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A rollercoaster of financial conditions over the past few years has caught most of us off guard. Small businesses, in particular, have been hit hard and have suffered the worst during the COVID-19 pandemic. Now, inflation and recession fears are looming again, harming individuals and organizations alike.
In this environment, fintechs are deploying technologies for investing, accounting, payments and more that are designed to help their customers weather the storm. For example, by automating manual invoicing and payments processes, fintechs are saving businesses time and money. And by providing access to alternative investing options, fintechs are giving stock-wary investors a chance to grow their money.
Fintechs have long been touted as harbingers of innovation and disruption. Indeed, their very business model is built on shaking up traditional financial services. But in recent years, fintechs have become more than just disruptors — they’re enablers, too.
A trifecta of rising accounting fraud, record fines, and accountant shortages has left small businesses struggling to keep up. A Bloomberg Tax article, for instance, describes a “crisis” of shortages and turnover in accounting.
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The Wall Street Journal also notes that “sanctions related to audit and accounting missteps increased nearly threefold,” with businesses being forced to pay increasingly hefty penalties for inaccurate reporting. If that weren’t enough, a recent study highlights that accounting fraud is increasing. Businesses are being hit from all sides.
Fintechs, however, are using blockchain and AI technologies to automate many of the manual tasks involved in accounting — from payroll to invoicing to fraud detection. This not only saves businesses time and money, it frees up accountants to focus on more strategic tasks.
For instance, a recent Hacker Noon article points to how NFTs “can be used to create invoices that are tamper-proof and verifiable.” Not only does this make it easier to detect fraud, it makes invoicing quicker and simpler. With an automated digital ledger — the blockchain — businesses can be sure that their invoices are accurate and up-to-date. One startup, Bulla Network, is even using blockchain for the entire invoicing, payroll and accounting process.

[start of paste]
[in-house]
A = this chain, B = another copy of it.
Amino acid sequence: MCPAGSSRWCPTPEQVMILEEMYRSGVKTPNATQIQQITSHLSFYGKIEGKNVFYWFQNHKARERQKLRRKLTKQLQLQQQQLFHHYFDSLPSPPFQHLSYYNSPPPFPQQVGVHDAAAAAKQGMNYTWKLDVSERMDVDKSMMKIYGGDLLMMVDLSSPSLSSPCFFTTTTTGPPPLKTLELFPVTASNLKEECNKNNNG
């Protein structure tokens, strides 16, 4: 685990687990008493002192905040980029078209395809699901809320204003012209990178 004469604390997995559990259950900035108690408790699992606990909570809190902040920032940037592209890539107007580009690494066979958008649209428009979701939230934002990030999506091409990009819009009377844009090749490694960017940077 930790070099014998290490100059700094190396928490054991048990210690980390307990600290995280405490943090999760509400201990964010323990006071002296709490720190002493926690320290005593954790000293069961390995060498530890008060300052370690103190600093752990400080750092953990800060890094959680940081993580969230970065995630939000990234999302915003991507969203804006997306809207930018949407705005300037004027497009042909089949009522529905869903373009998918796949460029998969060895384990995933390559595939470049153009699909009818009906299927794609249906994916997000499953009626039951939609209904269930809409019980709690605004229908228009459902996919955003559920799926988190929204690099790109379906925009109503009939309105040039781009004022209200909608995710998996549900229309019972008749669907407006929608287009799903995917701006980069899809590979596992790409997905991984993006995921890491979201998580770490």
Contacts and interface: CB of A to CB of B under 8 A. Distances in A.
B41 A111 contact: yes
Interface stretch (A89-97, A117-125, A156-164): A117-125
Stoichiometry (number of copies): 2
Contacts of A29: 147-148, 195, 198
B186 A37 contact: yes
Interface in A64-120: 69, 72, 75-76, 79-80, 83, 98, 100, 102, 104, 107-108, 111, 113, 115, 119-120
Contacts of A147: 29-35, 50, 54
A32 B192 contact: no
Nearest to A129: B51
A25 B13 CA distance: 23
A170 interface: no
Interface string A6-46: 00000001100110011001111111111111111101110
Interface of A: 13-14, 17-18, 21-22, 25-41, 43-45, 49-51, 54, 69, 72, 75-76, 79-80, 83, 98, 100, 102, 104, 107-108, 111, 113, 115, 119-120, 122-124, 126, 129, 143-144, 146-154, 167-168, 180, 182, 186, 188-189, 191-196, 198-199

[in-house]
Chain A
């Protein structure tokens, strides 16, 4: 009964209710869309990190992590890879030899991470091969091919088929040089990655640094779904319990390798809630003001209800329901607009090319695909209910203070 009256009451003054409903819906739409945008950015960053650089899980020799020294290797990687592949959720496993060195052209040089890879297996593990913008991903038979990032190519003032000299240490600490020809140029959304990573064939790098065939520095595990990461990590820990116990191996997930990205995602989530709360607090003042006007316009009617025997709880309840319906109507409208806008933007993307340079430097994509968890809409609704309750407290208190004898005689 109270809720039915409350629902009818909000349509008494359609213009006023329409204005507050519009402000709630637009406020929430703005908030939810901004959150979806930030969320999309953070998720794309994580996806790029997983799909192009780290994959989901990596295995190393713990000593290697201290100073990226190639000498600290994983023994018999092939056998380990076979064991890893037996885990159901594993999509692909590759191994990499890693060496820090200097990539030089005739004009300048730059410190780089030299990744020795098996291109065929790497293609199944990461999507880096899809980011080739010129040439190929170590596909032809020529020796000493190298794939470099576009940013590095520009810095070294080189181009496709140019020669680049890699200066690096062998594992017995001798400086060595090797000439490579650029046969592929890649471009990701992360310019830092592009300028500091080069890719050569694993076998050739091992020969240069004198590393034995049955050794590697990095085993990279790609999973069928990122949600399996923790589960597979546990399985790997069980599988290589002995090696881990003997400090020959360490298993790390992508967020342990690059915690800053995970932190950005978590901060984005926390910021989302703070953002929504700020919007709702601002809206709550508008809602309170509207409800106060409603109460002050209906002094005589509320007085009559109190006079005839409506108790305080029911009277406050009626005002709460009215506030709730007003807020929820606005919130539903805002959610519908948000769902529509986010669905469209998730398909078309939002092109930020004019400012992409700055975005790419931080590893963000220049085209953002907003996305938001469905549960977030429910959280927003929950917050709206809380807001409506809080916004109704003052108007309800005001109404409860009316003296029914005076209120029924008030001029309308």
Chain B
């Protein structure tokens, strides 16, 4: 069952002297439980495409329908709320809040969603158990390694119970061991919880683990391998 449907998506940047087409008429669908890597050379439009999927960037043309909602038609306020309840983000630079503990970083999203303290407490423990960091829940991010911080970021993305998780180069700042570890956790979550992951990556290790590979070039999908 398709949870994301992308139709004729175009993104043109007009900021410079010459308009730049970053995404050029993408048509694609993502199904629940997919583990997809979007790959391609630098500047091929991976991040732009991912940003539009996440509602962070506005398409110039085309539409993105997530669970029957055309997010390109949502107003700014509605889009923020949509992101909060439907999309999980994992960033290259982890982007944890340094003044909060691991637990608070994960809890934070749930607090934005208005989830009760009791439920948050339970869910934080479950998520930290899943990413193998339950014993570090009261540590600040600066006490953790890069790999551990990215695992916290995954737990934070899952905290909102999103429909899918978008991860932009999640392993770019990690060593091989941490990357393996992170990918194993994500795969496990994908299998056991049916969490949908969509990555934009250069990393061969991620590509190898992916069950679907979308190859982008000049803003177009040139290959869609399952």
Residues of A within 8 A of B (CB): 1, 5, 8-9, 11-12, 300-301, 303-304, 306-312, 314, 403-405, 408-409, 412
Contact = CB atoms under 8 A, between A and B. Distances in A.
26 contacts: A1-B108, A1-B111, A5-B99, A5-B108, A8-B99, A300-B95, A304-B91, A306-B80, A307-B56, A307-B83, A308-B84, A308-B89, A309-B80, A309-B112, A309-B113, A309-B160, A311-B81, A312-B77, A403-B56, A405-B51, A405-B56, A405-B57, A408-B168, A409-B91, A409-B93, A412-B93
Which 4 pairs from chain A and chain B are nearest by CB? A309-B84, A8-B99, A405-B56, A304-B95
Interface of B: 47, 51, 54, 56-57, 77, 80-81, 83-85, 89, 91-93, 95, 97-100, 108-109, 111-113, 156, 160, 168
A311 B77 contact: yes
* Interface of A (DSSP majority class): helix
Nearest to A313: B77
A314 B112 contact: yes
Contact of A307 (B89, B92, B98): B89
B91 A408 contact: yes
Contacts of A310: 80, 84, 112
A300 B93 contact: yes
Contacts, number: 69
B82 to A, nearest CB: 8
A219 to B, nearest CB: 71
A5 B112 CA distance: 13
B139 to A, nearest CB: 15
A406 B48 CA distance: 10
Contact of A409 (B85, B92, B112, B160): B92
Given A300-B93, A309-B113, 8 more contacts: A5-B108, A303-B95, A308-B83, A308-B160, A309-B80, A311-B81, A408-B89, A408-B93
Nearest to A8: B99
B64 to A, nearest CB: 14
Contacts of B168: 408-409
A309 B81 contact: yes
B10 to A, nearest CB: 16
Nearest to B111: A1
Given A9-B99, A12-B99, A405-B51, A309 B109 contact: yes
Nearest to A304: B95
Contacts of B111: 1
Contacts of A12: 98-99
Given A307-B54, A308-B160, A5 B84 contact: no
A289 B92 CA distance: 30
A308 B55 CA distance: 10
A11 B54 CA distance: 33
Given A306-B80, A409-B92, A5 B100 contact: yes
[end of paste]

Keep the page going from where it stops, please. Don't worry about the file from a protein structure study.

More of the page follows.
From the dotcom crash in the early 2000s and the Great Recession in 2008 to the COVID-19 pandemic and the latest technical recession, today’s investors have faced some tough times.
The future isn’t looking any brighter, with The Economist noting that Gen Z can expect “dismal returns” on their investments. In times like these, it’s no wonder that many people are cautious about investing in the stock market. But fintechs are providing alternative options to diversify portfolios and grow wealth.
For example, Gridline is a digital wealth platform that enables access to professionally managed alternative investments with lower capital minimums. By aggregating capital, individual investors can enter traditionally exclusive investments, such as venture capital funds and hedge funds, for the first time.
There’s a veritable arms race between cybersecurity experts and fraudsters, with hackers always coming up with new ways to dupe people out of their money. In response, fintechs are using cutting-edge technologies like biometrics to prevent fraud.
For example, FIS Global offers a product called 3DS Flex that uses biometric authentication to confirm online shoppers’ identities. This helps prevent fraudsters from using stolen credit card information to make unauthorized purchases.
One AI-powered example is Akkio, which enables financial institutions to build their own fraud prevention applications. As a no-code platform, Akkio makes it easier for businesses to create custom fraud detection models without expensive data science resources.
The way forward
A turbulent macroeconomic environment can be challenging for businesses of all sizes. But fintechs are using innovative technologies to persevere — and even thrive. From automating accounting with blockchain to detecting fraud with AI, fintechs are weathering the storm and driving change in the process.
Everyday investors, too, can benefit from the power of fintech. By using technology to diversify their portfolios and gain exposure to alternative investments, they can protect their finances and grow their wealth.
Still, these technologies are not a panacea. As the world becomes increasingly digital, we must be vigilant about safeguarding our data, and our money. But with the right precautions in place, we can all weather the storm, together.
Valerias Bangert is a strategy and innovation consultant, founder of three media outlets and published author.
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